After months of hard negotiations, India and the US have moved closer to a trade deal that will include New Delhi’s commitment to extend greater market access in medical devices and agriculture. But an agreement on Washington’s demand for a sharp cut in or abolition of import duties on seven ICT products, including mobile phones worth over Rs 10,000, is still elusive, a source told FE. So a ‘limited deal’ could be signed during US President Donald Trump’s expected visit to India in February, just three months after New Delhi pulled out of the Beijing-dominated RCEP trade pact.
While the quantum of incentives involved in the deal is unclear, it could cover products with total annual bilateral trade of around $10 billion. A limited deal was supposed to be signed during Prime Minister Narendra Modi’s visit to the US in September last year but a lack of consensus stalled it. A broader trade deal could be hammered out later, said the source.
As for ICT products, New Delhi has already conveyed that an across-the-board cut of import duties on the seven items would cost it a massive $3.2 billion a year and help only third parties (like China and Korea) that supply more; instead, it is willing to lower duties on those ICT products where it would benefit the US. The US made up for only 2% of the Indian imports of the seven products in FY18.
For its part, India is pitching for an exemption from the extra duty imposed by the US on steel (25%) and aluminium (10%), the resumption of duty-free export benefits for some Indian goods under the so-called Generalised System of Preferences (GSP) and greater market access for its products in sectors ranging from agriculture and automobiles to engineering. The US, however, had been offering to restore the GSP benefits for India — which stood at $240 million in 2018 — only partially, a source had said earlier.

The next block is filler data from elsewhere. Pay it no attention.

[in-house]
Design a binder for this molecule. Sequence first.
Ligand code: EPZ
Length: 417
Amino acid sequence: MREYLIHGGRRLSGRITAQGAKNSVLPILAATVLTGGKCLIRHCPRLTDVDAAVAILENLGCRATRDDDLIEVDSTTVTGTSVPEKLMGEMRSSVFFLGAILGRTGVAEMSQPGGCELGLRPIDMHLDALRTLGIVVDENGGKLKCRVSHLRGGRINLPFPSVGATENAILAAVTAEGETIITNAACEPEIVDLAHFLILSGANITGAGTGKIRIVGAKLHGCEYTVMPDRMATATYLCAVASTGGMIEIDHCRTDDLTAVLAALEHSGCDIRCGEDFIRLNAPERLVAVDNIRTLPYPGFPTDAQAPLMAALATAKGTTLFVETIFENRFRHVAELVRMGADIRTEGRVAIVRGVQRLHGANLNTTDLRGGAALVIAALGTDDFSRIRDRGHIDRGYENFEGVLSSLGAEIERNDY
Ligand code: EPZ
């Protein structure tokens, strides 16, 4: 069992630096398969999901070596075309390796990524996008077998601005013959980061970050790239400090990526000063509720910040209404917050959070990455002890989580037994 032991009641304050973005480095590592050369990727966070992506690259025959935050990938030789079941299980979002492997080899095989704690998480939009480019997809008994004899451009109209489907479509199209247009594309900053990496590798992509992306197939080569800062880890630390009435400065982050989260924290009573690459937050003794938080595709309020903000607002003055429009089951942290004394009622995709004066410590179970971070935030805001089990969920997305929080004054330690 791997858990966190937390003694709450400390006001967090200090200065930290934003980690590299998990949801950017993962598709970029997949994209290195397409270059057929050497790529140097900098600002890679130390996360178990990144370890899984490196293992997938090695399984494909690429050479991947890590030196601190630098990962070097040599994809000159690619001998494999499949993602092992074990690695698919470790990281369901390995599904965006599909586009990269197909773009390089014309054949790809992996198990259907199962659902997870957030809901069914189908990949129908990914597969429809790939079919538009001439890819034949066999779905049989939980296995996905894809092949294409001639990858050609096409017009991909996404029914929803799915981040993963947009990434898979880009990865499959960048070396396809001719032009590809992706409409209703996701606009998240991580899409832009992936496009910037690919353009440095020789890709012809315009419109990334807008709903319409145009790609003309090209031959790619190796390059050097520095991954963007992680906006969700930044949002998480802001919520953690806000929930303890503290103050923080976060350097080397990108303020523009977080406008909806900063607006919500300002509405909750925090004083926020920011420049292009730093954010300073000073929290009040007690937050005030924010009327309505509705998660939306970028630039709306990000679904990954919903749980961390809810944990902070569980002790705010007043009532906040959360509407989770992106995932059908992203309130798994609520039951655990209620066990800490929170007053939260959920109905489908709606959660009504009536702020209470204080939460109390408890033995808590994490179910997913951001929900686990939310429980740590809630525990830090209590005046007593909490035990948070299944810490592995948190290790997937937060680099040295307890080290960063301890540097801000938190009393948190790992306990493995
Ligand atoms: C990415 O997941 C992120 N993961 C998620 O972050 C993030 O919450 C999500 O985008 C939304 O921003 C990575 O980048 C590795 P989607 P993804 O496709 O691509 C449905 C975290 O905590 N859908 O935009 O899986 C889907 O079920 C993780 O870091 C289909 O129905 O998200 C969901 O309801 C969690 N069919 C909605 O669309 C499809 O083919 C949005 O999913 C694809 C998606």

As part of the initial deal, India is learnt to have agreed to sweeten its offer on the price control regime for medical devices and apply trade margin on coronary stents and knee implants at the first point of sale (price to stockist), instead of imposing it on the landed prices, as was planned earlier. The move could help American medical equipment makers like Abbott Laboratories and Boston Scientific Corp.
India had also offered to simplify certain certification procedures for dairy imports from the US. Washington is also interested in better access to the Indian market in civil aviation, oil and gas, education service and agriculture in the medium term (over three-five years).
Commerce and industry minister Piyush Goyal held a meeting with US trade representative Robert Lighthizer last week at Davos, where both are learnt to have discussed contours of the trade deal.
A larger trade agreement with the US could be clinched later when both the sides reach a consensus on stickier issues, including the reduction of what the US calls “not justified” Indian tariffs on ICT products (20%), motorcycles (50%), automobiles (60%) and alcoholic beverages (150%), among others, according to the source.
New Delhi wants the Trump administration to recognise that India is the only large economy whose goods trade surplus with the US has been shrinking (unlike China’s). In fact, in 2018, the surplus shrank $4 billion from the previous year. Its exports to the US touched $52.4 billion in 2018-19, while imports were to the tune of $35.5 billion.
Also, India will remain one of the world’s fastest-growing large economy in the coming years, generating opportunities for US businesses in sectors ranging from defence and retail to oil. India is also a thriving market for US services and e-commerce companies like Amazon, Uber, Google and Facebook with billions of dollars of revenue.